Budding scientists

During our last week in Bella Bella we had the opportunity to introduce some students from the local school to our research. We worked with Chris Williamson, one of the high school teachers, to have the Science 10 and Sustainability 12 classes join us in our lab. There we went through our main research ideas and explored some of Anna’s fabulous maps. We then trekked down to the dock and checked on the egg layer density experiment. Hopefully the tupperware and milk crates reinforced the idea that science, and particularly ecology, isn’t all high tech equipment. Creativity goes a long way. Lastly, the students got to get their hands dirty dissecting rockfish. We got them to identify and remove tissues we use for isotope analysis, as well as try their hands at digging for otoliths (ear bones used for aging fish). They all did great and would make fantastic field assistants!!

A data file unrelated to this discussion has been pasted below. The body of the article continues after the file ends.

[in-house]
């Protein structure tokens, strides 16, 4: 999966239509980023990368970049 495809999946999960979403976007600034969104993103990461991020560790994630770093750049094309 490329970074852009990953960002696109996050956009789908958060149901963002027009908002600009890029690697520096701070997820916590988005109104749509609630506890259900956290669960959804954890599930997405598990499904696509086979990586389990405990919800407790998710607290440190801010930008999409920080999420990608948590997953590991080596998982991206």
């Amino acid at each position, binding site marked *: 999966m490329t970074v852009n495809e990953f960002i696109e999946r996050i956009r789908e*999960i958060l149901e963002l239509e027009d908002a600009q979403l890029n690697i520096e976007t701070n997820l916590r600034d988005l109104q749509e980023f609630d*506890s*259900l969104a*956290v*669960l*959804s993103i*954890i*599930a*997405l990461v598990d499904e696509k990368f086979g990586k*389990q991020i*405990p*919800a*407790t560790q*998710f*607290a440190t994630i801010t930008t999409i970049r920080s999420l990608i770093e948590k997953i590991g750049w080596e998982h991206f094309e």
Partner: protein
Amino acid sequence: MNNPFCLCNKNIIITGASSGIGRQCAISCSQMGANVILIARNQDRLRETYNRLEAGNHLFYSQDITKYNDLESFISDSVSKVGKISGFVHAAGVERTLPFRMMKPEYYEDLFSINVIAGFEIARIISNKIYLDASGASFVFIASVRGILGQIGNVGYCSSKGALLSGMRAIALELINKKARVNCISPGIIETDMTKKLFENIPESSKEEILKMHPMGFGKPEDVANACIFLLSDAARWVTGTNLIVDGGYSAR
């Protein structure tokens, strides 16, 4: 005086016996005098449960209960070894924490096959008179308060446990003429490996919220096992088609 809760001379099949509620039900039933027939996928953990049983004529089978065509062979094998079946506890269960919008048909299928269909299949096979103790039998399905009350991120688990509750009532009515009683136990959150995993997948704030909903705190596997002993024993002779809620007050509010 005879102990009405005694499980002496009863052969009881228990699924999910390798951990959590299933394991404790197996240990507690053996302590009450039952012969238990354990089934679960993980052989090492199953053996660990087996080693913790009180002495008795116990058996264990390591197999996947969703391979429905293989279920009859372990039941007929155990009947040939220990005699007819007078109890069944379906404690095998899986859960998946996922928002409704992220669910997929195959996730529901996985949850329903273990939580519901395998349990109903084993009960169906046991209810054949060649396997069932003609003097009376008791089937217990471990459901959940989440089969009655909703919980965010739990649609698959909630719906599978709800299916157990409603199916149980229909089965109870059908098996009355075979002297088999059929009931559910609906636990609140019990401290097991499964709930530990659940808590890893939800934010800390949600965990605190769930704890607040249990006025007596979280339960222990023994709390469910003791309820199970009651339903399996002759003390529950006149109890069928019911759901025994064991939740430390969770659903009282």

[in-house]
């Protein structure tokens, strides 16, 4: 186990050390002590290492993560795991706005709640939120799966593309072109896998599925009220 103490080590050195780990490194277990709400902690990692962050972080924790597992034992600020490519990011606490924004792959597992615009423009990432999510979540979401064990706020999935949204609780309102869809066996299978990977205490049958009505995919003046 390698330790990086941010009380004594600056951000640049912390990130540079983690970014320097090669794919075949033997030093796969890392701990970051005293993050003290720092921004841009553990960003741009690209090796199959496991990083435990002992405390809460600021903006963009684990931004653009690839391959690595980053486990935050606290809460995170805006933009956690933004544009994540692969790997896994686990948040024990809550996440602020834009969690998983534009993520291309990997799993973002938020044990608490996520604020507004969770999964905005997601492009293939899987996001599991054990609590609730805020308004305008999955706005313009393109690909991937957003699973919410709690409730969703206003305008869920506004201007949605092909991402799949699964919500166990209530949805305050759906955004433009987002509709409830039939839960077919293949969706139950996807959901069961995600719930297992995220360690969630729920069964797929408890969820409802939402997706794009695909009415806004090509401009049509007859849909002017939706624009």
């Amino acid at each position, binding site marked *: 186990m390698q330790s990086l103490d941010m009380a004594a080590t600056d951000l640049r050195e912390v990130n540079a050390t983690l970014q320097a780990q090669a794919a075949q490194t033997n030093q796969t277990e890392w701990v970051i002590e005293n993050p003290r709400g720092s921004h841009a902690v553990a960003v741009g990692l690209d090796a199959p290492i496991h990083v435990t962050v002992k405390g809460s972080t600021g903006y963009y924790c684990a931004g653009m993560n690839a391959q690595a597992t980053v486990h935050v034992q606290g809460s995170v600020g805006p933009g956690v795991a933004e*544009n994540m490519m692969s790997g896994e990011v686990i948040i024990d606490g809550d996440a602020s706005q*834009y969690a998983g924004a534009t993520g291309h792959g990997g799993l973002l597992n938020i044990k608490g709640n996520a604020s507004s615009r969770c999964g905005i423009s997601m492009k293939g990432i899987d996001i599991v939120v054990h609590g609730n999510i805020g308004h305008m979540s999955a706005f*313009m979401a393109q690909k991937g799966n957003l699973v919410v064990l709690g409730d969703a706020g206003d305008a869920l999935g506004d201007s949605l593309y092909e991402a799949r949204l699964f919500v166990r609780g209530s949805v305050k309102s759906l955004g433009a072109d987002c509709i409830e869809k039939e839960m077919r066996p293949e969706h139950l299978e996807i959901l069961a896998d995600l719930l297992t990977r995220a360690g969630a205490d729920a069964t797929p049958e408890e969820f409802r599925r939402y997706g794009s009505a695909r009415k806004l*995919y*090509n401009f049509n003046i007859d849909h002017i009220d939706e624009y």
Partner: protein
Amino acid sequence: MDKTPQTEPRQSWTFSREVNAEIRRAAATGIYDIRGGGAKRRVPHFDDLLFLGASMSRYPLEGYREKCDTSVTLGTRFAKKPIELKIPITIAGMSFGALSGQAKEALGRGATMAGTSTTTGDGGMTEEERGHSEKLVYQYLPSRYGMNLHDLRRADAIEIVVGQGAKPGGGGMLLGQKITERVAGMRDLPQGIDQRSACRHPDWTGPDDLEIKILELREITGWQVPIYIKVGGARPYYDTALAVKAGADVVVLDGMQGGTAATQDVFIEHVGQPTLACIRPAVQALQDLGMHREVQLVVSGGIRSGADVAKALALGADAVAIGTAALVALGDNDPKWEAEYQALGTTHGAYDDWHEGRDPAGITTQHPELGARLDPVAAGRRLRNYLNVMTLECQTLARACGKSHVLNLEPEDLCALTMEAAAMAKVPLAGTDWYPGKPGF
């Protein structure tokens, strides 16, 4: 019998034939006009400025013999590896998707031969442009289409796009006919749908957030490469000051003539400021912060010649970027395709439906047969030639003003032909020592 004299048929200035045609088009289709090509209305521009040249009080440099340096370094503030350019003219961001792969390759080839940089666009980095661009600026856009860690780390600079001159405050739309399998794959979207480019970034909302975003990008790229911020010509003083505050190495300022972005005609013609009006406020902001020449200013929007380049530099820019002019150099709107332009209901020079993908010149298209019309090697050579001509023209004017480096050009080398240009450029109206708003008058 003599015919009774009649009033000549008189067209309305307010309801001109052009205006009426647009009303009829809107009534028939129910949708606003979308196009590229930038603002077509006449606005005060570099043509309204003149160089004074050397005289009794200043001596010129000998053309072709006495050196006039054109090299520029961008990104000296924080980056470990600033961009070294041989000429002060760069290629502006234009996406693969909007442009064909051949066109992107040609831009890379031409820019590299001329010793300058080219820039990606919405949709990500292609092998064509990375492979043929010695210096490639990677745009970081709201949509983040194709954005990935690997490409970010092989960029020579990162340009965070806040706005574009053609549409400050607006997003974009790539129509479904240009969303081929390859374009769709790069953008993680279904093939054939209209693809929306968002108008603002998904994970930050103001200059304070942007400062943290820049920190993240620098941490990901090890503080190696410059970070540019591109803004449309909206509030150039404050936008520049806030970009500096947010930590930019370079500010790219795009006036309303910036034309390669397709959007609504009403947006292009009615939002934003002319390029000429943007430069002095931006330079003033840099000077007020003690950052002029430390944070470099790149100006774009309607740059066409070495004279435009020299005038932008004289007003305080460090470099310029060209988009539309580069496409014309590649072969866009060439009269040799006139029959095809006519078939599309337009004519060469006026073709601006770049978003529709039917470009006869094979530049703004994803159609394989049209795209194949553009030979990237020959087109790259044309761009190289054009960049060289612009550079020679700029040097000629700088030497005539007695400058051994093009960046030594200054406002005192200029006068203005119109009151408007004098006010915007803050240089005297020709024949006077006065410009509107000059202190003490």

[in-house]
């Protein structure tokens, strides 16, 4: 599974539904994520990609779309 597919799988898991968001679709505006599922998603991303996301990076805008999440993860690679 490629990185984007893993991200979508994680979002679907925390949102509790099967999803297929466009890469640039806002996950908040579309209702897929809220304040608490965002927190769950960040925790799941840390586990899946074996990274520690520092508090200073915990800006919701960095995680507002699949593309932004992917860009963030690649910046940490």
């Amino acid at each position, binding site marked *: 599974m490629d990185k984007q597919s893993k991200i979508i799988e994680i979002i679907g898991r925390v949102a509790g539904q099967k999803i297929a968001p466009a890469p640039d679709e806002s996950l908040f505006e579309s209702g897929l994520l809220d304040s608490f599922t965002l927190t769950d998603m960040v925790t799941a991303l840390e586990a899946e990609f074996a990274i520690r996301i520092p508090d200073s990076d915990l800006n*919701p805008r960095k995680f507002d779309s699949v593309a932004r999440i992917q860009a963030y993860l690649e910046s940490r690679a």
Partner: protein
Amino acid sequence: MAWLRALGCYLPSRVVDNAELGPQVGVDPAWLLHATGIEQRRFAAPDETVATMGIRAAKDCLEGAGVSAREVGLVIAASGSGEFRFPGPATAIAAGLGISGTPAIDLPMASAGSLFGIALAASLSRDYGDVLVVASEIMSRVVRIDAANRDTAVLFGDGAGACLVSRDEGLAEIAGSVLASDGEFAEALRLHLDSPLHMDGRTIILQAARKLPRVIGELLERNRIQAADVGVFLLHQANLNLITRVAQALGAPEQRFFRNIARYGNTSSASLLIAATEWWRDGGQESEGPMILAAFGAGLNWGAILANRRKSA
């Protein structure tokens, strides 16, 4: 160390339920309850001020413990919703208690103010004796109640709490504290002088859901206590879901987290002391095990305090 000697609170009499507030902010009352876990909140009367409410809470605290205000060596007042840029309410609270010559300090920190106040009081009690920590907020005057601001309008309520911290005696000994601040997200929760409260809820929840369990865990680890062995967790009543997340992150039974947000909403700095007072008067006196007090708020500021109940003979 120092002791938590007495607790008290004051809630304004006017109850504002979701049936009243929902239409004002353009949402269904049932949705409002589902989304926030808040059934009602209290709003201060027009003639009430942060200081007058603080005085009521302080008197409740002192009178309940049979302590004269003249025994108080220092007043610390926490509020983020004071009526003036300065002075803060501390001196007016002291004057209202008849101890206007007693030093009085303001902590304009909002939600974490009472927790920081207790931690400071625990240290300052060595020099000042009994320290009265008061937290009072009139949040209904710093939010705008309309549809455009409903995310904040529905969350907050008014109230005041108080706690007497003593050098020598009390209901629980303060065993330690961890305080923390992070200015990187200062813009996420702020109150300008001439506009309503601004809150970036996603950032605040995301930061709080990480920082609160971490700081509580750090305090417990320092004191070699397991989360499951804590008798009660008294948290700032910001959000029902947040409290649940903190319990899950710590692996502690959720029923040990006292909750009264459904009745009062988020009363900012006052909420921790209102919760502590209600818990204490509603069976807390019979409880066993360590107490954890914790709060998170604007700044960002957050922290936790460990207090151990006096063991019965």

It was a pleasure to share our research with some youth of the community and encourage them to keep asking questions about their local ecosystem. Hopefully this is the start of a continuing relationship with the school and will lead to many more interactions in the future.

Thanks to all of the students for coming out! We look forward to seeing many of you again next year!

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3 Responses to Budding scientists

  1. Gerald says:

    Nice job Britt! I see that Stefan made an appearance as guest-scientist here. I know you two did a great job, especially with the otolith work.

  2. Shirley Salomon says:

    Wow, what great steps towards capacity building.I loved reading about the ways you involved the students in a “hands-on” projects. Makes me wish I had been there, too…..mucking about with dissecting tools to find otoliths. Surely you must have left the students in your classes with a heightened awareness about fish and, in turn, about issues related to fishing.


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